The illustrative blocks I, constituting my game apparatus, may be of any thickness and of any suitable material. These have been shown in the instant embodiment as being true squares, that 6 is, as being equiangle-equilateral quadrangles, but it will be understood that the essence of my invention does not limitedly rest upon this precise conformity of the blocks shown. On one face of the blocks there are provided the sets of lines 6 hereinabove described. These lines may be placed thereon, by any appropriate process known, such as by printing. However, I prefer to make the blocks of a substantial thickness, as shown in Figs. la and lb, and provide for a 7 greater permanency of the lines by grooving the blocks as shown at G. Then, I fill the grooves with suitable coloring material, so as to differentiate the lines of each set in the manner above stated. My game apparatus may be made com- 7 paratively cheaper by using simple cardboard material to form the blocks; printing on the face of such blocks the arrangement of lines in the manner above described.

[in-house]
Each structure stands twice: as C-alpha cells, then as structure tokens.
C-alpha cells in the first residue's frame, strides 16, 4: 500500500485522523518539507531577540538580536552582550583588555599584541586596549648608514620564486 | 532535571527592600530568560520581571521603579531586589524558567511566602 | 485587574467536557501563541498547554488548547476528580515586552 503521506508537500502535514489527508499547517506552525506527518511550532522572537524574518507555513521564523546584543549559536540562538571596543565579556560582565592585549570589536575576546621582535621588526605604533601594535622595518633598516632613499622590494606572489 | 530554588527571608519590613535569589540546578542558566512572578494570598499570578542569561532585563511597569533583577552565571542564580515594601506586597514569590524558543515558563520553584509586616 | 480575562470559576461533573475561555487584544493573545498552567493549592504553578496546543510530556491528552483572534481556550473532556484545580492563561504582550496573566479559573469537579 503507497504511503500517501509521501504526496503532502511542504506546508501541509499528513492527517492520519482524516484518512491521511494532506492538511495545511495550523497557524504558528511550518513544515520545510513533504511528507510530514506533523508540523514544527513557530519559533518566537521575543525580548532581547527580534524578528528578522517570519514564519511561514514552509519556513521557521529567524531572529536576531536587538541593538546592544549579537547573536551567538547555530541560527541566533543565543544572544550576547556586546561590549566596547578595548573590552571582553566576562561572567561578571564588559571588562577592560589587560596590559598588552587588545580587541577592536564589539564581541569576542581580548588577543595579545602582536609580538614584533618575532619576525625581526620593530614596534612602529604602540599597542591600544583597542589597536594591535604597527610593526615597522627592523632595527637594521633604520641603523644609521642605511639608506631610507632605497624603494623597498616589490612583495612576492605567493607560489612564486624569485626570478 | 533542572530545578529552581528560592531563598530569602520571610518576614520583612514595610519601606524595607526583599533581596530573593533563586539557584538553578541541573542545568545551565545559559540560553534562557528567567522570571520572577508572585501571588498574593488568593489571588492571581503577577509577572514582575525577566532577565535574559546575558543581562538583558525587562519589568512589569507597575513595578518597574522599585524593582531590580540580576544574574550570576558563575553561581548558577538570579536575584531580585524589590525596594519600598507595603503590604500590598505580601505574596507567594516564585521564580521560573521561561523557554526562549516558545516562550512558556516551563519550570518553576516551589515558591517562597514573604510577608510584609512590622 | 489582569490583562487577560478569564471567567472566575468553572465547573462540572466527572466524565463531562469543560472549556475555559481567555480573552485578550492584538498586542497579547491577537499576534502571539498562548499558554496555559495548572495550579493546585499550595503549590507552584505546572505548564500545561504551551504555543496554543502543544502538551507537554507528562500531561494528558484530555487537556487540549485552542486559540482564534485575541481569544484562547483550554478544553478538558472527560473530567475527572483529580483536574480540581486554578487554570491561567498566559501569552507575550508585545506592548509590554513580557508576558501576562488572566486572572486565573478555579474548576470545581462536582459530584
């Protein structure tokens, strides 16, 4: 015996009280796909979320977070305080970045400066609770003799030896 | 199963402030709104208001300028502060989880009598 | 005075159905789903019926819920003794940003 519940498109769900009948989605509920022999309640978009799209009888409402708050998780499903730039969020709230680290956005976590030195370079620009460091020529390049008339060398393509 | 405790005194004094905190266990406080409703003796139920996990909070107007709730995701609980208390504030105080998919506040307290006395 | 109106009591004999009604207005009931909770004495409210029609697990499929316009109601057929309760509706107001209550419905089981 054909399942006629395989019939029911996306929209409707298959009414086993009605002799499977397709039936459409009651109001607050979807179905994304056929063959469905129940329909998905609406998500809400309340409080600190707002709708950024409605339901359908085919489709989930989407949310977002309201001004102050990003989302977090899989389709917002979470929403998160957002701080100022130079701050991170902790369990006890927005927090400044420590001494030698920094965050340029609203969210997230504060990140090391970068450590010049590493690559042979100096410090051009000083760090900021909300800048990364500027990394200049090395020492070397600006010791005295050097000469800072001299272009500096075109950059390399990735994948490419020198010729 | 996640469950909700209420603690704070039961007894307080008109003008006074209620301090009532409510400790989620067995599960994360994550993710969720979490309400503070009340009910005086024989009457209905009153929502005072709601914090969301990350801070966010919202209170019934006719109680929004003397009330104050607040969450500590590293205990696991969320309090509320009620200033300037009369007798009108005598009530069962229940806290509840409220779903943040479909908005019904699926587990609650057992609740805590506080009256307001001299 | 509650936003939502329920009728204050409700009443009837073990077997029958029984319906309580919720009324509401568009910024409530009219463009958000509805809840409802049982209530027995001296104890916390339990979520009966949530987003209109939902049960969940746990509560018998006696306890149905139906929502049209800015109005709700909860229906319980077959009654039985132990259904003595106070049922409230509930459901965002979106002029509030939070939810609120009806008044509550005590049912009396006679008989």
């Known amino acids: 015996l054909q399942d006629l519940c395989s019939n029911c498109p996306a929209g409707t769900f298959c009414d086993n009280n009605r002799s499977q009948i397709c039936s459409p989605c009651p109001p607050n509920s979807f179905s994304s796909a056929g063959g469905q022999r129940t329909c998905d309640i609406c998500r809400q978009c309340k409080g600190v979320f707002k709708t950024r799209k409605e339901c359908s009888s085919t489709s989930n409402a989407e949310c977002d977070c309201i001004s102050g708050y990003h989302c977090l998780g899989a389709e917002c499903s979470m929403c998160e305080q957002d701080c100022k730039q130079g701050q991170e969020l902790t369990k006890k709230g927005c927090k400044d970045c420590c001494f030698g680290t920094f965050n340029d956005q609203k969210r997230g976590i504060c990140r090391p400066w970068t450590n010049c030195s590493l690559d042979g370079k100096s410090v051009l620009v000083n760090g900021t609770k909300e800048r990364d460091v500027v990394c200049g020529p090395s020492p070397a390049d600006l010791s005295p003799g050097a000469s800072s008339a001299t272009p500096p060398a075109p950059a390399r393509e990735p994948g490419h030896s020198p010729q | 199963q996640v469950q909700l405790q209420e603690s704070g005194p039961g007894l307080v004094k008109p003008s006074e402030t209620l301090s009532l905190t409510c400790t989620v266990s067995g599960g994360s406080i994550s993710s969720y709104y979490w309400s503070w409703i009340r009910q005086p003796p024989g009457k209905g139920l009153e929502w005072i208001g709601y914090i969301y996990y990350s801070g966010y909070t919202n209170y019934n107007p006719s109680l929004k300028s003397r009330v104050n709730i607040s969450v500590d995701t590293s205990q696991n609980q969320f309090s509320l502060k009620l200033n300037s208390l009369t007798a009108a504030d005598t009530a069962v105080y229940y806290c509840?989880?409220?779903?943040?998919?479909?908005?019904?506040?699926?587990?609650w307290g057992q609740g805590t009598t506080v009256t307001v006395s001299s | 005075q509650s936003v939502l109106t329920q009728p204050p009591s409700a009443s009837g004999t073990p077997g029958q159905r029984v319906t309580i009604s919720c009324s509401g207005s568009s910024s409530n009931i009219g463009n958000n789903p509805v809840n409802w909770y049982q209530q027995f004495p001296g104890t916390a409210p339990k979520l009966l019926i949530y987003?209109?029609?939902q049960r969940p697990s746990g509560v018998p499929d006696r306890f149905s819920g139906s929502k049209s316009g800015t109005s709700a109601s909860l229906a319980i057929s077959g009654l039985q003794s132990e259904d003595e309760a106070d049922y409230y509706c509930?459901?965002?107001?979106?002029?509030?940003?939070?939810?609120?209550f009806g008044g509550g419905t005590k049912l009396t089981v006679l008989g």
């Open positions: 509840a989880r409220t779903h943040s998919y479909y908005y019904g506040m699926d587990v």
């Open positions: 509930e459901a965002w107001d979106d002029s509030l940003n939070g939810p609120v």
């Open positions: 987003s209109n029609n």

Manner of scoring The scoring is effected by the development of the elements of skill and chance, and rest upon the ability of any one of the players to place a block in a position which will complete a square from a number of blocks during the progress of assembling the blocks. As an example of this rule of scoring, there is seen in Fig. 2 a number of assembled blocks which, as placed, do not effect scoring by reason of the fact that said blocks do not form a square figure. However, in Fig. 3, the blocks played do form a square, not only in one instance, such as the square defined by the group of nine blocks at the upper right hand corner of this partial layout, but also in a further instance, such as the smaller square formed by the group of four blocks at the lower left-hand corner of the layout. Thus the player last playing the piece which forms any one of the above mentioned squares (upper right-hand corner and lower left-hand corner) has the privilege of effecting scoring. As a further example, if a player places a block in the upper left-hand corner of the partial layout or group played in Fig. 2, this player will effect scoring.